Saint John AME Zion

Lodge members gather at Saint John.

This beautifully crisp photo depicts a gathering of Prince Hall Masons in front of Saint John A.M.E. Zion‘s distinctive Gothic arches during the church’s construction. Dated 1914-1915, I do not know the specific occasion for the photograph, or whether it features only members of Mount Hebron Lodge No. 42, whose lodge was just across Smith Street. I do know that it is fantastic in every detail.

Though my focus is on the men assembled at center, the edges of the image are rich  with detail as well — the boy in a newsboy cap perched on the scaffolding; the boys peering over the heads of the suited men; the few girls clustered at right, with a woman in a magnificent hat just behind them; another woman at extreme left, visible only as an eye under the wide brim of her hat.

Of the 36 men depicted, as of now, I have only been able to identify only eleven certain and a few possibles. Do you recognize any others?

And a question to any Prince Hall Masons, do the medallions, swords, aprons, or other regalia disclose anything public about the wearer’s status or office within the lodge?

Rev. Halley B. Taylor (1879-??), Worshipful Master, Presbyterian minister.

Julius F. Freeman Sr. (1844-1927), carpenter.

Roderick Taylor Sr. (1883-1947), barber.

William Hines (1883-1981), businessman, hospital administrator.

Camillus L. Darden (1884-1956), businessman, funeral director.

Rev. Bryant P. Coward (1864-1940), pastor of Saint John A.M.E. Zion Church.

Short W. Barnes (1860-1943), carpenter.

Samuel H. Vick (1861-1947), educator, businessman.

Charles H. Darden (1854-1931), blacksmith, funeral director.

John H. Clark (1863-1949), postal employee.

John Mack Barnes (1869-1958), Treasurer, brickmason, builder of Saint John A.M.E. Zion.

Either barber Levi H. Jones (1877-1961), Rev. Charles T. Jones (1878-1963), or painter Butler E. Jones (ca. 1879-1961), brothers.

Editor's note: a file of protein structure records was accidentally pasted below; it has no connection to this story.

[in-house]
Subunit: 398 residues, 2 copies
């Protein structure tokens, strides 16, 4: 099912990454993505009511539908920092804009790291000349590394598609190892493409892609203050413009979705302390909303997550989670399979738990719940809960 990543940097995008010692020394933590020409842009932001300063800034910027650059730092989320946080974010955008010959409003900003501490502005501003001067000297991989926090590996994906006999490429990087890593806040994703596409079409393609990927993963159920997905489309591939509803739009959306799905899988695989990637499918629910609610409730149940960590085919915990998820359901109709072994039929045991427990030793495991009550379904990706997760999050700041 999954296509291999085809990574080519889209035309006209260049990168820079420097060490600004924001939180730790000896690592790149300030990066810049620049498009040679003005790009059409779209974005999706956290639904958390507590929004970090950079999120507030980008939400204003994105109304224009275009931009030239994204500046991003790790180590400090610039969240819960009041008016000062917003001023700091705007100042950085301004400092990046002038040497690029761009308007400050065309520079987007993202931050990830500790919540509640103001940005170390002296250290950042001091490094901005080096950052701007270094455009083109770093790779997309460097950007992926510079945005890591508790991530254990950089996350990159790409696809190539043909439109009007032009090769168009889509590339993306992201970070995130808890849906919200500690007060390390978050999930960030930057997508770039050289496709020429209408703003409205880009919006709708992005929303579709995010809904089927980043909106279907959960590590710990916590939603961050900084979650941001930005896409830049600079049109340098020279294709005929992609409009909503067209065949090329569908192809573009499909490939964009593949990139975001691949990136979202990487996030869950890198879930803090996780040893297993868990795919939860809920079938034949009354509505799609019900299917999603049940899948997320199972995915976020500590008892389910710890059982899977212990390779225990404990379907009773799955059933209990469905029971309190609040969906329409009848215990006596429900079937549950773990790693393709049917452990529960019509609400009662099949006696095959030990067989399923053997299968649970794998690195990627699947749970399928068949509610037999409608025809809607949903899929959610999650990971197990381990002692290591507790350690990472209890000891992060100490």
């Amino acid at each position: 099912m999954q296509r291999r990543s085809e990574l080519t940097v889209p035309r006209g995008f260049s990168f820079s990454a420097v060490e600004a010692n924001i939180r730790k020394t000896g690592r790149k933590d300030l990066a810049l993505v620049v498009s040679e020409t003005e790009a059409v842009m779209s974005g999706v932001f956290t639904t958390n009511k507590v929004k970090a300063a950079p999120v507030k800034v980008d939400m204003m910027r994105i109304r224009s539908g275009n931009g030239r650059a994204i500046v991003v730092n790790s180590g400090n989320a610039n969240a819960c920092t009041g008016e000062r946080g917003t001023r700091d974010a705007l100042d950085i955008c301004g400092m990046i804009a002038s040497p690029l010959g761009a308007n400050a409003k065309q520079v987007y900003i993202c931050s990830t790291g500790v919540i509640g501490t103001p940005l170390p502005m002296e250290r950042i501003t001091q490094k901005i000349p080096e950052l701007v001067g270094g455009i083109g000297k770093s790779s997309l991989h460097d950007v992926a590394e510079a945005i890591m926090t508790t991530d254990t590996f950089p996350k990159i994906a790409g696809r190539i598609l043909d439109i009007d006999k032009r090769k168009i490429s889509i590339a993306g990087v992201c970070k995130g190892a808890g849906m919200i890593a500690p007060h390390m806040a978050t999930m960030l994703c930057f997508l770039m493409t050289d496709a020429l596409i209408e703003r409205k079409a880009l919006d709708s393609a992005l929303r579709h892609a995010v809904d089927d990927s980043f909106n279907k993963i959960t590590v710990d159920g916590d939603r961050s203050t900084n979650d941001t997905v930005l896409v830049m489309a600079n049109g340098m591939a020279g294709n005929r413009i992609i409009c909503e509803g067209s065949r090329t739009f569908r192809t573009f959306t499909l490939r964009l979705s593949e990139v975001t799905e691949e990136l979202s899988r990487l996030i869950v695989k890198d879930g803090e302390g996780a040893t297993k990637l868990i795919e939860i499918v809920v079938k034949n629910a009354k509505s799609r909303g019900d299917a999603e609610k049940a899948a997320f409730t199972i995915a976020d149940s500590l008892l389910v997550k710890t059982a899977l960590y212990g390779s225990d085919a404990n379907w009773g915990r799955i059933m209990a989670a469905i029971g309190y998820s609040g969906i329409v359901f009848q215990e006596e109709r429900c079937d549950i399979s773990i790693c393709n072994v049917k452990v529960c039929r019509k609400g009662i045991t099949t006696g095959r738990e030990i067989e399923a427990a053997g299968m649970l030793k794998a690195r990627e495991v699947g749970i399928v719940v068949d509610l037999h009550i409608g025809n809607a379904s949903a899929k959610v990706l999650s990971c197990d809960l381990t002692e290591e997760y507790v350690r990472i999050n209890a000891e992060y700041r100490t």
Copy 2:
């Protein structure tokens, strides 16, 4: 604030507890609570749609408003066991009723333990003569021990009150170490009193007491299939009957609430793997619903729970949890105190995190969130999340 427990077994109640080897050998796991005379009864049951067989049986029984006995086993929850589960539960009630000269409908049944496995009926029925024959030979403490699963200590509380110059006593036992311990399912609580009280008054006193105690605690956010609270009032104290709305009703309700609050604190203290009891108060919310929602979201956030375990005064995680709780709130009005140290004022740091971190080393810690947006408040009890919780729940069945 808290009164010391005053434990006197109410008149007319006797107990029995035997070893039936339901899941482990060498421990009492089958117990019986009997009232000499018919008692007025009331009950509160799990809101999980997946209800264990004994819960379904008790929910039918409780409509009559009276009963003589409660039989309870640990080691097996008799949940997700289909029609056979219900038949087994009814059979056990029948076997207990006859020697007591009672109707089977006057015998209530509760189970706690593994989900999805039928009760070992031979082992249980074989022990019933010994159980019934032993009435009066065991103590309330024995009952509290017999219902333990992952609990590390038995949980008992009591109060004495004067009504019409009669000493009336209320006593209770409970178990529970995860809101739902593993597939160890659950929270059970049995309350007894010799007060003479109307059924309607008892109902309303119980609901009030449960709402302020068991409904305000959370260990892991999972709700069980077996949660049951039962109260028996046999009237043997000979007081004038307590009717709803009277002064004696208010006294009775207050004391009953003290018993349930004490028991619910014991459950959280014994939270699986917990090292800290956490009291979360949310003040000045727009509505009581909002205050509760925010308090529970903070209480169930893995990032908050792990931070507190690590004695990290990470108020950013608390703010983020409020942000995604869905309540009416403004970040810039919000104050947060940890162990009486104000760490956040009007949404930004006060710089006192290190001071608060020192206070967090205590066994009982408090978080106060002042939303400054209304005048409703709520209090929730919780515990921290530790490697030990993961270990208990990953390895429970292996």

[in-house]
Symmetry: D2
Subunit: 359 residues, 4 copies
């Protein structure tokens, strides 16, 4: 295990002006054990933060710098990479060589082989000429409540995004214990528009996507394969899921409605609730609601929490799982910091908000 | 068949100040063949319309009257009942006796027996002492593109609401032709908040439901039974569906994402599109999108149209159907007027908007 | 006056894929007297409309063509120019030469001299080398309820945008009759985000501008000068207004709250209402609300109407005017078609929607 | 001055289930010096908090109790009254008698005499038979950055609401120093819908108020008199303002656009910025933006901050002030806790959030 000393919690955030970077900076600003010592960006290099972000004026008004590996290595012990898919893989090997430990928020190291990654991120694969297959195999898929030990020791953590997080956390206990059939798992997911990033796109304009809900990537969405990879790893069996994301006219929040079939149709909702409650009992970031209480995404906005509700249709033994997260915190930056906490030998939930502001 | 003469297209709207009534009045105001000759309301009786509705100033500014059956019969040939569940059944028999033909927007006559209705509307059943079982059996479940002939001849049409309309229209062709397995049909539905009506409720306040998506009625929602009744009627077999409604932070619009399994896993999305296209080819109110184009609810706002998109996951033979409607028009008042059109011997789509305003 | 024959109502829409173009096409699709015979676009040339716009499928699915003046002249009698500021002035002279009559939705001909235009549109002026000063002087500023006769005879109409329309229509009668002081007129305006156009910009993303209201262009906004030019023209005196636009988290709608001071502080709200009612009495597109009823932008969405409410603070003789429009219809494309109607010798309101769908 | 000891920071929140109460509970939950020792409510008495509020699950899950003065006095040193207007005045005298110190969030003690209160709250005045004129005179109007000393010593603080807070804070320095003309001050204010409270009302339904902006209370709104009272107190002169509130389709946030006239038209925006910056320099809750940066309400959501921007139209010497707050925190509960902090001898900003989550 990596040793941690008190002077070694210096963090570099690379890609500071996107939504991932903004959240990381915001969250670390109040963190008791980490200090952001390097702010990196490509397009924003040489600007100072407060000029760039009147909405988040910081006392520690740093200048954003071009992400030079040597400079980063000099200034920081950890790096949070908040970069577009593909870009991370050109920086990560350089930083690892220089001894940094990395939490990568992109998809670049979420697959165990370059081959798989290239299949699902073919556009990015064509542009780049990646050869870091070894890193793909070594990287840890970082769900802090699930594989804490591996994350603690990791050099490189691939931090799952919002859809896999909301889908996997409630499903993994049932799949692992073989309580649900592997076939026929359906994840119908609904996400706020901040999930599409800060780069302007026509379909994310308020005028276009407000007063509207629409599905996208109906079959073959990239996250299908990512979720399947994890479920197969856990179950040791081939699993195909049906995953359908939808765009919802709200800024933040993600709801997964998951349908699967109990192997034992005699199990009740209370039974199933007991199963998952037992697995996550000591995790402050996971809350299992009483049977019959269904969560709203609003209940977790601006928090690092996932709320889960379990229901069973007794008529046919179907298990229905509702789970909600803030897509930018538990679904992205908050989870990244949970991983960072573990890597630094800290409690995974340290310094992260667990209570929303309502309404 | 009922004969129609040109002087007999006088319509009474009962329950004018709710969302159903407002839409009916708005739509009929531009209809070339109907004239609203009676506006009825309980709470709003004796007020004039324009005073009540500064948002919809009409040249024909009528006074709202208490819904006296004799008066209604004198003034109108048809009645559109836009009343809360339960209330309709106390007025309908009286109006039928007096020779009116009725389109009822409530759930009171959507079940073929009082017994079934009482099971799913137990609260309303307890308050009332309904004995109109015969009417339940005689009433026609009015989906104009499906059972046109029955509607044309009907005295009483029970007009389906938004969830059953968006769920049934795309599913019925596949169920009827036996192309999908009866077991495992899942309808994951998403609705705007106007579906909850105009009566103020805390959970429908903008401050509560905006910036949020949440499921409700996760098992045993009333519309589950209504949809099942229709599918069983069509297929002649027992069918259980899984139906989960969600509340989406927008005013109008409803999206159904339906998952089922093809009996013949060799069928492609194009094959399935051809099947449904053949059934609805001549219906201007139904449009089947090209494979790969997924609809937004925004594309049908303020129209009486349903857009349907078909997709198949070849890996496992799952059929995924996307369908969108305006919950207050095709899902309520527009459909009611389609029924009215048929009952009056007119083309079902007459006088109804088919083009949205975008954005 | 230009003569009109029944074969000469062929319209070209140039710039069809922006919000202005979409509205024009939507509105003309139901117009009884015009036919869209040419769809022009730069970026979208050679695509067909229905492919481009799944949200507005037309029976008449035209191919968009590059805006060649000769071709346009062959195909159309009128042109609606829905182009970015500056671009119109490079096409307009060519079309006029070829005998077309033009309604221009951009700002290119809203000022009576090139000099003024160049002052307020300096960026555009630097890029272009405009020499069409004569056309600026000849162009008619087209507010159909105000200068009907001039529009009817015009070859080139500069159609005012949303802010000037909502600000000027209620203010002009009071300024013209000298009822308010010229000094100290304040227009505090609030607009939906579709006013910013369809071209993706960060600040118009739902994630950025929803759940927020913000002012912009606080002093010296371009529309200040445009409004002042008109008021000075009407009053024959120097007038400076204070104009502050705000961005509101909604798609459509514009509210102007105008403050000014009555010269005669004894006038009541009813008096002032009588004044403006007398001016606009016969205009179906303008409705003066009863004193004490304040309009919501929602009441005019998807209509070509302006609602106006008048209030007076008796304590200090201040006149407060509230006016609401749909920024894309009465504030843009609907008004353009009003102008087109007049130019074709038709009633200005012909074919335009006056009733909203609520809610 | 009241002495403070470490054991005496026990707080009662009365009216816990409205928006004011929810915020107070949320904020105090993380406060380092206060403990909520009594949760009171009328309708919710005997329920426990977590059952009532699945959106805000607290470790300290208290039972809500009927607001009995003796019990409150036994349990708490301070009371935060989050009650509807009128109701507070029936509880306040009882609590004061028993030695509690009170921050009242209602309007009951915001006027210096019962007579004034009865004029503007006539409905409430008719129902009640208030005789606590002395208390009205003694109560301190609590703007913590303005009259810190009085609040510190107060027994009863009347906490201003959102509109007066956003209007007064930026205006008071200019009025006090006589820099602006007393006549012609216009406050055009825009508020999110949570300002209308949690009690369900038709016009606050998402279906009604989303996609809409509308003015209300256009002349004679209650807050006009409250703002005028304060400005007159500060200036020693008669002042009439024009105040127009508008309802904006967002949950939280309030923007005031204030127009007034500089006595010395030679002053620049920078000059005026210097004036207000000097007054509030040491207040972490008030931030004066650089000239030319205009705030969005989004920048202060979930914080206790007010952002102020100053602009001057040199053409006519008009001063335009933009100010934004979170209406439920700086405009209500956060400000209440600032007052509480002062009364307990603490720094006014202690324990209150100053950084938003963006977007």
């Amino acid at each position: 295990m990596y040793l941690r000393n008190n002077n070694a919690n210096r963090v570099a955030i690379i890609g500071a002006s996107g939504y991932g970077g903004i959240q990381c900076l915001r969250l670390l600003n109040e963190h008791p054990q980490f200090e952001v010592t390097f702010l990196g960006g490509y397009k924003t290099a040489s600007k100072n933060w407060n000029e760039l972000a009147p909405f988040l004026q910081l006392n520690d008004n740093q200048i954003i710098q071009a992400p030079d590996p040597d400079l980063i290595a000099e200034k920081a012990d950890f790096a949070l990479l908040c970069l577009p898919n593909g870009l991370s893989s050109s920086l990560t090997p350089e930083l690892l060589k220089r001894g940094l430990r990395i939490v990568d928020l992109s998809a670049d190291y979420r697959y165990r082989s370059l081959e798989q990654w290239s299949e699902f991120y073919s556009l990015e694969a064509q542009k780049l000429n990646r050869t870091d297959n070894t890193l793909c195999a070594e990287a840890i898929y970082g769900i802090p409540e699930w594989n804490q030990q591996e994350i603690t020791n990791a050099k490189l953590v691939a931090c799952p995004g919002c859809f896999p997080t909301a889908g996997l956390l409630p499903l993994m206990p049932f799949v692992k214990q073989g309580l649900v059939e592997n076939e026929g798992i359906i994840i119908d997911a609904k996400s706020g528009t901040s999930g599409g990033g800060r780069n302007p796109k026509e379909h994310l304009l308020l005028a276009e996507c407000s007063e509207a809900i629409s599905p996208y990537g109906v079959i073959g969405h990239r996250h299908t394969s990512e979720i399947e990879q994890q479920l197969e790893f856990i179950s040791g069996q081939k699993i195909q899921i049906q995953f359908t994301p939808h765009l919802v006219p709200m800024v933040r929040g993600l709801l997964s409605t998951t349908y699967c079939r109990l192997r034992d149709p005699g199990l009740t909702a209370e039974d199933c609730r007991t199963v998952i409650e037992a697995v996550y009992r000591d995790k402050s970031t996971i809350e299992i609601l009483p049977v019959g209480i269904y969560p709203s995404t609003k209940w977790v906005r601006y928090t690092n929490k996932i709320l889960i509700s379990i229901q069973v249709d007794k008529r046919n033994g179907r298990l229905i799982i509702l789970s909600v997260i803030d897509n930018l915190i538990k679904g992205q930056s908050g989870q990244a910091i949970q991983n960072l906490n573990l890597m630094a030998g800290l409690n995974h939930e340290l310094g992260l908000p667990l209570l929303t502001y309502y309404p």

Probably, Arthur N. Darden (1889-1948), mortician.

Probably, Leonard L. Barnes (1888-1952).

Probably, Edgar H. Diggs (1890-1970), barber.

Possibly, Darcy C. Yancey (1883-1957), pharmacist.

[Sidenote: There is something incredibly moving about seeing these men in the early part of what arguably was Black Wilson’s Golden Age in the 1910s and ’20s. Though the photograph was staged, their expressions (other than Sam Vick, who was obviously accustomed to formal portrait-posing) are almost candid. They are a mix of old heads, born in the final days of slavery, and a new generation of young lions. I was surprised by my instant recognition of Charles and Camillus Darden and William Hines. It took me longer to realize my own grandfather stood at far left. My identification of Arthur N. Darden is based in part on his close resemblance to his mother, Dinah Scarborough Darden. Most of the others I was able to name only after reviewing other photos of men I know to have been Masons. Leonard Barnes, astonishingly, I recognized because of his close resemblance to his grandson, who was my childhood playmate.]

Many thanks to J. Robert Boykin III for the copy of this photograph. And a special shout-out to Stanley Horton, Past Worshipful Master, Foundation Lodge #592, Prince Hall Affiliated, for his help in identifying offices and emblems. 

[Updates: Rev. Halley B. Taylor and the Jones brothers added 3 September 2020.]

Regret for the death of Russell Owings.

Wilson Daily Times, 31 October 1938.

I missed the cues, and at first could find no record of an African-American Russell Owings living in Wilson. But that was because Owings was not Black. He was instead a “faithful and courageous friend of [their] interest.” Owings, freshly graduated from Atlantic Christian [now Barton] College, was a white man who — much in the spirit of Rev. R.A.G. Foster’s outreach — crossed the color line to teach voice lessons and direct a choral group at Saint John A.M.E. Zion. He died in a car accident in late October 1938.